The Things We Have to Go Through Around Here to Finish a Scene – Part II

In summer of 2011, we had just finished our shoot with Jessica Cameron, having shot around the not-yet-cast role of Tom the hunter pervert.  She was just the second real-life professional actress person we had worked with on the film, and we were pretty pleased with ourselves.  But we could never have predicted that this would eventually lead to Steve Grothaus, our lighting director, sitting outside in a pile of firewood a year and a half later in the middle of January pretending to be a meth addicted barn owner.

To entice him to do the role, I let him wear my sweet adventure hat. You can pick up one of these babies at most of the Walt Disney World Theme Parks (Magic Kingdom and Animal Kingdom definitely have it.  It is far too cool for Epcot.)  It's pretty much THE hat for vacationing adventurers.

To entice him to do the role, I let him wear my sweet adventure hat. You can pick up one of these babies at most of the Walt Disney World Theme Parks (Magic Kingdom and Animal Kingdom definitely have them. It is far too cool for Epcot.) It’s pretty much THE hat for vacationing adventurers.

You see, Steve Grothaus isn’t an actor, and like a lot of people who work behind the camera, he doesn’t like being in front of it.  Years ago, while helping me on a college film, Steve glared the Grothaus Death Glare at me because my wide shot of him walking way the hell down the street wasn’t wide enough.  And then there was the time he was working on the crew of the 1995 film A Reason to Believe with Holly Marie Combs and The Boy Who Could Fly, and they found themselves short an actor.  What happened next is not a cherished memory of Steve’s.

To this day, he has no concept of how cool this is.

Steve as “Condom Boy.” The filmmakers apparently had this great hat but no actor to wear it.  I have always been jealous of him because of this and he still has no idea why.

That hat I gave him to wear was a lot less of a…  what’s the word…  “condom-shaped buffoon helmet”, I guess is the phrase I’m looking for.  Still, why would I, who claims to be his friend, put him in this horrible position again?  And why wait a year and a half and do it in bitter cold of January? He was actually on set taking stills when we shot the scene with Jessica so I could have easily added him to the scene then.  But at the time, I was hoping to fill the role with an actor in a cameo appearance.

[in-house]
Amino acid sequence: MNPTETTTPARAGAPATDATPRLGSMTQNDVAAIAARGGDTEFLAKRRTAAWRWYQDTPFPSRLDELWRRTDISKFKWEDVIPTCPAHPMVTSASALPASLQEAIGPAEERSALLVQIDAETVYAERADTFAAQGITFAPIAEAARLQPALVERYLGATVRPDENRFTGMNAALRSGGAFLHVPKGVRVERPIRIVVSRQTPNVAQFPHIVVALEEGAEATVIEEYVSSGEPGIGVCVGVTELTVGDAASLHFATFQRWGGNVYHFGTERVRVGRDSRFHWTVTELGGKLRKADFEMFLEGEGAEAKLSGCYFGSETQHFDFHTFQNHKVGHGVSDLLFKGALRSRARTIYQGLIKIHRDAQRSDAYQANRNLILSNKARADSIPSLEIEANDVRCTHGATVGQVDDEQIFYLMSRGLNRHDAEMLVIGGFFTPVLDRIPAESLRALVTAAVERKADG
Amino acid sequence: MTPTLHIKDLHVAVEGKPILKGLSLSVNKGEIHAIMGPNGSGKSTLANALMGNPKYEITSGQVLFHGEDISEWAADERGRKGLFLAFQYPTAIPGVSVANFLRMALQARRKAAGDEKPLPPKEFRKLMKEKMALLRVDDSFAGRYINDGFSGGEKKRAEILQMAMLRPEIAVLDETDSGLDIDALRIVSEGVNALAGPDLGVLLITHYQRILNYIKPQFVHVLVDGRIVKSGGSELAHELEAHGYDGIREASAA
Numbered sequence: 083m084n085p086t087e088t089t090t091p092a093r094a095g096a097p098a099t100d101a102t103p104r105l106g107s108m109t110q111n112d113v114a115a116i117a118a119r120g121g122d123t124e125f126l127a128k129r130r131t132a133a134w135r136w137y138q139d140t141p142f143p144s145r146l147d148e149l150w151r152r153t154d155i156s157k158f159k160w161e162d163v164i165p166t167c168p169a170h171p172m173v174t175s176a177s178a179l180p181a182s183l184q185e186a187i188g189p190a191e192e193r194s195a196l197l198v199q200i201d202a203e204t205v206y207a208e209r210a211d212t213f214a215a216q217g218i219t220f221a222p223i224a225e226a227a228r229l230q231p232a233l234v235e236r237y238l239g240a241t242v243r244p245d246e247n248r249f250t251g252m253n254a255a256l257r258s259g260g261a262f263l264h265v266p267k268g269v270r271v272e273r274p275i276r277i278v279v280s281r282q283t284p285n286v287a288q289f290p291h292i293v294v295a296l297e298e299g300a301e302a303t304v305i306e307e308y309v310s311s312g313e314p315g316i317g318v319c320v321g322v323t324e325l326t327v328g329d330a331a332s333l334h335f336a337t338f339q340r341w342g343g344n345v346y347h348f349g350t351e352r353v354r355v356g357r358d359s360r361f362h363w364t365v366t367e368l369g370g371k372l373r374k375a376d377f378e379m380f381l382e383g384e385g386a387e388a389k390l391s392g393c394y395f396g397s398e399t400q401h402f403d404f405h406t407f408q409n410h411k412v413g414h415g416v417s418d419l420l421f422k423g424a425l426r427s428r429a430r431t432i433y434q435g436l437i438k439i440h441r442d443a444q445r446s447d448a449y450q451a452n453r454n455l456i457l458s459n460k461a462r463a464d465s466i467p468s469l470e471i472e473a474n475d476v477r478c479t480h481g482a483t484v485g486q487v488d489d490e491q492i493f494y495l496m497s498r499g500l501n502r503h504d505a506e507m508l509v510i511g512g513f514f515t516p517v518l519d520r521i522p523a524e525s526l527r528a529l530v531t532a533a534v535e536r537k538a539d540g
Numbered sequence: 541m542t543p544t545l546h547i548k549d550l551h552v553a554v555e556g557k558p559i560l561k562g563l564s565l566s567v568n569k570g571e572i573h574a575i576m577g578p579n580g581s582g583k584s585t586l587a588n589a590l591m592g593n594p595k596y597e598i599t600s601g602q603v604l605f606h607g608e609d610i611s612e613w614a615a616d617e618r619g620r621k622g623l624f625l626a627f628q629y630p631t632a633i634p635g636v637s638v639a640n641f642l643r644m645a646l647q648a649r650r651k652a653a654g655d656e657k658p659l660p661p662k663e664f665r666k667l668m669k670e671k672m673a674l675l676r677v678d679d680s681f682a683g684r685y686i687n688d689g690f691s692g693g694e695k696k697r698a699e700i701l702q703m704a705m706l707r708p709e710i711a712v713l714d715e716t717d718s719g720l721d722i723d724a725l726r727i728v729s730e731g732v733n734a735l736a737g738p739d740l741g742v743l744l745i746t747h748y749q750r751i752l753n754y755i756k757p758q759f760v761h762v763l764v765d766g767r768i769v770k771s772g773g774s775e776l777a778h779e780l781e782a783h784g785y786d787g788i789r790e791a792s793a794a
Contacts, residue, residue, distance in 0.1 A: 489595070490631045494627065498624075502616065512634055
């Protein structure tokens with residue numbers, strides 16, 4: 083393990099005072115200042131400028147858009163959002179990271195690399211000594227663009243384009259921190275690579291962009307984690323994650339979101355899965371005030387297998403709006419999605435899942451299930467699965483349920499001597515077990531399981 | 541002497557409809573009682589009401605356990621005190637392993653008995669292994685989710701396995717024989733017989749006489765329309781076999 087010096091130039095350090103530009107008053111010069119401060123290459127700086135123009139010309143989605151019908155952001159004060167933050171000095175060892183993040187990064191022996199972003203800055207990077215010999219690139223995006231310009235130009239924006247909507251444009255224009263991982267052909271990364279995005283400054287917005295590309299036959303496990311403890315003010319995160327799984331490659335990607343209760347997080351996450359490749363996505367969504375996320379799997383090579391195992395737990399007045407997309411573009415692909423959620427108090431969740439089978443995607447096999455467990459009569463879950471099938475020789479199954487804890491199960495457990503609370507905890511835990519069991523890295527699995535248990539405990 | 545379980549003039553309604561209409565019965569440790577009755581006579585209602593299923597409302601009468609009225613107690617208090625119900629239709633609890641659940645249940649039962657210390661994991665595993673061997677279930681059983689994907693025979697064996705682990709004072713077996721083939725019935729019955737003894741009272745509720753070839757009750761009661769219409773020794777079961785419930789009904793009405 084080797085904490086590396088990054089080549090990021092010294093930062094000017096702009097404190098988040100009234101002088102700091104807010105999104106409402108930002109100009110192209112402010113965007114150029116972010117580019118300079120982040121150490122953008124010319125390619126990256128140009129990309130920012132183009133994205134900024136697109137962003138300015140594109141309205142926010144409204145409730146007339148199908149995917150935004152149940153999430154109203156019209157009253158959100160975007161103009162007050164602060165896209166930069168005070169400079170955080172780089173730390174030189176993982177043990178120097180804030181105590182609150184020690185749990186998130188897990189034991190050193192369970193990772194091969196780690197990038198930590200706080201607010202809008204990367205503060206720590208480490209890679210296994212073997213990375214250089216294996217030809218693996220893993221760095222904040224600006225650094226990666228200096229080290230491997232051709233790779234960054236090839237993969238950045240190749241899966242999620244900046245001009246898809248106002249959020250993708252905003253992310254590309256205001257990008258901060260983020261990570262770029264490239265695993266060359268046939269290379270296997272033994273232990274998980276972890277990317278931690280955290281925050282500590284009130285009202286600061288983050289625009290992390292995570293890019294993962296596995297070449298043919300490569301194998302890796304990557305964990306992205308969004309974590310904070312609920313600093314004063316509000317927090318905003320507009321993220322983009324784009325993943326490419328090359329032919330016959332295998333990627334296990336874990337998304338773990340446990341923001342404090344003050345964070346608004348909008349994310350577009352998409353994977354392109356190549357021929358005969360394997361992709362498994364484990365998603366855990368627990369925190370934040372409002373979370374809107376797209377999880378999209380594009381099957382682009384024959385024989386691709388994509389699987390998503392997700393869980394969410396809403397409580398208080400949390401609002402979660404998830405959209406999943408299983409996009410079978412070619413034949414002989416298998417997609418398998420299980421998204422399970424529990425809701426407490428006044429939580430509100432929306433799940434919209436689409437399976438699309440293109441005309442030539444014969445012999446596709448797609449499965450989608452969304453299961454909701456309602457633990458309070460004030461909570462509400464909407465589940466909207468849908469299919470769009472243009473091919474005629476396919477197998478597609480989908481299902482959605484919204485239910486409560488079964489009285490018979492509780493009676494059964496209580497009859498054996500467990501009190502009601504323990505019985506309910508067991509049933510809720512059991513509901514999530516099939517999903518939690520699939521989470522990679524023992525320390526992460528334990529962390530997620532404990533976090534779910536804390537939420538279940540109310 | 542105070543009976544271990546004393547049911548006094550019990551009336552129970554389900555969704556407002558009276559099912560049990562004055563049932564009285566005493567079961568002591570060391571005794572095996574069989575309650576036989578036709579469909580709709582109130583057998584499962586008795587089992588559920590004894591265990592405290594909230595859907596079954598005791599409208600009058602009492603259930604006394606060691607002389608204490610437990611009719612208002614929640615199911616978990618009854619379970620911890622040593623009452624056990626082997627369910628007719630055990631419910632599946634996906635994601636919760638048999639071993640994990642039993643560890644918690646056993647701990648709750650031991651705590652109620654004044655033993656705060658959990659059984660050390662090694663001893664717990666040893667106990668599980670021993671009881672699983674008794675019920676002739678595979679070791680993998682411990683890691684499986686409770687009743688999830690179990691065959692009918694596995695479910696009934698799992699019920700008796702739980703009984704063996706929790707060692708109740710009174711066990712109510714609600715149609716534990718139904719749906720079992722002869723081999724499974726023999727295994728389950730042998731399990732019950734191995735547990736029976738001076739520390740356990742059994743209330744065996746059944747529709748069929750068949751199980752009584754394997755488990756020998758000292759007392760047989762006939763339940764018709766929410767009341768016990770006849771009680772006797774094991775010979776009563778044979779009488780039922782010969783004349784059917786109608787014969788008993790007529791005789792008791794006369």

As we mention any time we get a chance, our film is an homage to the classic Bigfoot films television shows we grew up with, and I was hoping to find actor who had been in one of those productions to play the role of Tom the perverted hunter.  I searched for a few different Sasquatchploitation celebrities and ultimately ended up approaching a guy named Joseph Butcher that I thought looked like Joseph Butcher from Bigfoot and Wildboy (he wasn’t), and Joshua Rudoy, who played the little boy in Harry and the Hendersons (who unfortunately didn’t get my message until it was too late.  He didn’t say whether or not he would have done it, but it would have been AWESOME.)

He would have made a GREAT Tom the perverted hunter.

He would have made a GREAT Tom the perverted hunter.

As I was getting nowhere in my search, Dennis suggested a guy he knew and, since this guy hadn’t been in any Bigfoot movies, I was reluctant to agree – But I eventually did.  In the meantime, we had added this character to the opening teaser scene of the film, and had transformed Tom the hunter pervert into Tom the meth addicted hunter pervert.  I don’t remember why – it may have been to make the role more appealing to the new actor.  What do remember is that the worse Tom got as a human being, the more I became enamored with the character.  It helped that I thought our actor looked like a young Jack Elam, who had played a minor role (with top billing) in The Creature from Black Lake, one of my favorite Bigfoot films.  So I was really looking forward to shooting these two scenes with this gun-toting meth addicted pervert who looked like Jack Elam.